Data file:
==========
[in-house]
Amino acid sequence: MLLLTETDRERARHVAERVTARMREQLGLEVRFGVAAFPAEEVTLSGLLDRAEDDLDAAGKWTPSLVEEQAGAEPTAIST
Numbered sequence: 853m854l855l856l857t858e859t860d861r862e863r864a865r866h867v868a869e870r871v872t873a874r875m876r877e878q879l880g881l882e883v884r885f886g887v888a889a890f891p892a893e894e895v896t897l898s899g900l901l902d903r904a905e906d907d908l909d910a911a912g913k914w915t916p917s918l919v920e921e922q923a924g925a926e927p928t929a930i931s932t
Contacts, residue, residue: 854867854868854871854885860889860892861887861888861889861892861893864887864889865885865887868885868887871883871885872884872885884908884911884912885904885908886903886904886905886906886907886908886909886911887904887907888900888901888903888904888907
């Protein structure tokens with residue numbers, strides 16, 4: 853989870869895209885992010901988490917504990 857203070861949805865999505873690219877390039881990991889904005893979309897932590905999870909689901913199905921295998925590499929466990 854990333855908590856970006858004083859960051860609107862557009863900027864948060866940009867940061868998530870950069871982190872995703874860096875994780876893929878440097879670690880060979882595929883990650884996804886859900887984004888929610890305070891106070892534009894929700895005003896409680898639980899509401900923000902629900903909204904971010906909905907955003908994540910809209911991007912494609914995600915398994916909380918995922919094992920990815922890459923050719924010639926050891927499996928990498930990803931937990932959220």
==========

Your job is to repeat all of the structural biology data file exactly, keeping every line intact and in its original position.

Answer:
[in-house]
Amino acid sequence: MLLLTETDRERARHVAERVTARMREQLGLEVRFGVAAFPAEEVTLSGLLDRAEDDLDAAGKWTPSLVEEQAGAEPTAIST
Numbered sequence: 853m854l855l856l857t858e859t860d861r862e863r864a865r866h867v868a869e870r871v872t873a874r875m876r877e878q879l880g881l882e883v884r885f886g887v888a889a890f891p892a893e894e895v896t897l898s899g900l901l902d903r904a905e906d907d908l909d910a911a912g913k914w915t916p917s918l919v920e921e922q923a924g925a926e927p928t929a930i931s932t
Contacts, residue, residue: 854867854868854871854885860889860892861887861888861889861892861893864887864889865885865887868885868887871883871885872884872885884908884911884912885904885908886903886904886905886906886907886908886909886911887904887907888900888901888903888904888907
């Protein structure tokens with residue numbers, strides 16, 4: 853989870869895209885992010901988490917504990 857203070861949805865999505873690219877390039881990991889904005893979309897932590905999870909689901913199905921295998925590499929466990 854990333855908590856970006858004083859960051860609107862557009863900027864948060866940009867940061868998530870950069871982190872995703874860096875994780876893929878440097879670690880060979882595929883990650884996804886859900887984004888929610890305070891106070892534009894929700895005003896409680898639980899509401900923000902629900903909204904971010906909905907955003908994540910809209911991007912494609914995600915398994916909380918995922919094992920990815922890459923050719924010639926050891927499996928990498930990803931937990932959220």